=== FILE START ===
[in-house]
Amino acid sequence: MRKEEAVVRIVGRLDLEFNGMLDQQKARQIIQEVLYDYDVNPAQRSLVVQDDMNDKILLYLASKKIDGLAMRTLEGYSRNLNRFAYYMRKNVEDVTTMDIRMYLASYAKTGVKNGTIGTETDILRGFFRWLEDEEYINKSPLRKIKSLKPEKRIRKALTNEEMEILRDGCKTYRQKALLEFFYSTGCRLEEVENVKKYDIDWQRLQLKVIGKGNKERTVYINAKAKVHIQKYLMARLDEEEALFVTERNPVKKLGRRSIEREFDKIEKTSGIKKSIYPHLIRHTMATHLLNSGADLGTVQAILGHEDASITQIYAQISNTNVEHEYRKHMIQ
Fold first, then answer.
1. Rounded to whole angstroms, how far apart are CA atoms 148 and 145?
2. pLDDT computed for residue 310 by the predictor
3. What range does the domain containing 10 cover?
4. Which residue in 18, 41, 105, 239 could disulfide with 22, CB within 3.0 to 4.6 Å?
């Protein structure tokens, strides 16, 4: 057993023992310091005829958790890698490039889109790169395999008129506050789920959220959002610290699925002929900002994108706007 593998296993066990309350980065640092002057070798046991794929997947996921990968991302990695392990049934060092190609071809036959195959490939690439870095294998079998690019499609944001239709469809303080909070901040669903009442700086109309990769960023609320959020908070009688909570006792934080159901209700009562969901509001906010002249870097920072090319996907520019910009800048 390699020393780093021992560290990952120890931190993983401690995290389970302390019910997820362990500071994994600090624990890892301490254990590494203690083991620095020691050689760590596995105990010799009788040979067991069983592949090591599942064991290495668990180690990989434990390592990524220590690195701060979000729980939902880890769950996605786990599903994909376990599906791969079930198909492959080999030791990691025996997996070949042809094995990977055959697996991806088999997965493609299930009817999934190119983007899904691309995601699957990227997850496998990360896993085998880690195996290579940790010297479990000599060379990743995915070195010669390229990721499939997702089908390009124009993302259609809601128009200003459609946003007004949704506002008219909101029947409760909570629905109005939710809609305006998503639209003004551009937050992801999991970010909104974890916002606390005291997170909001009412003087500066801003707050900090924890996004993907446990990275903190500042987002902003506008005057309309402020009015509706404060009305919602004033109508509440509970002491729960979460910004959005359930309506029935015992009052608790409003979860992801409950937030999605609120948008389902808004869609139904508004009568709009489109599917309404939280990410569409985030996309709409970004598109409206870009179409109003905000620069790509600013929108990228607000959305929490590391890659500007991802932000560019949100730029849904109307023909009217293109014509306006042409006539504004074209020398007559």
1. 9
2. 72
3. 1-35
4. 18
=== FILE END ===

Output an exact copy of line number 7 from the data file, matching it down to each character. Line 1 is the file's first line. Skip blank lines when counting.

4. Which residue in 18, 41, 105, 239 could disulfide with 22, CB within 3.0 to 4.6 Å?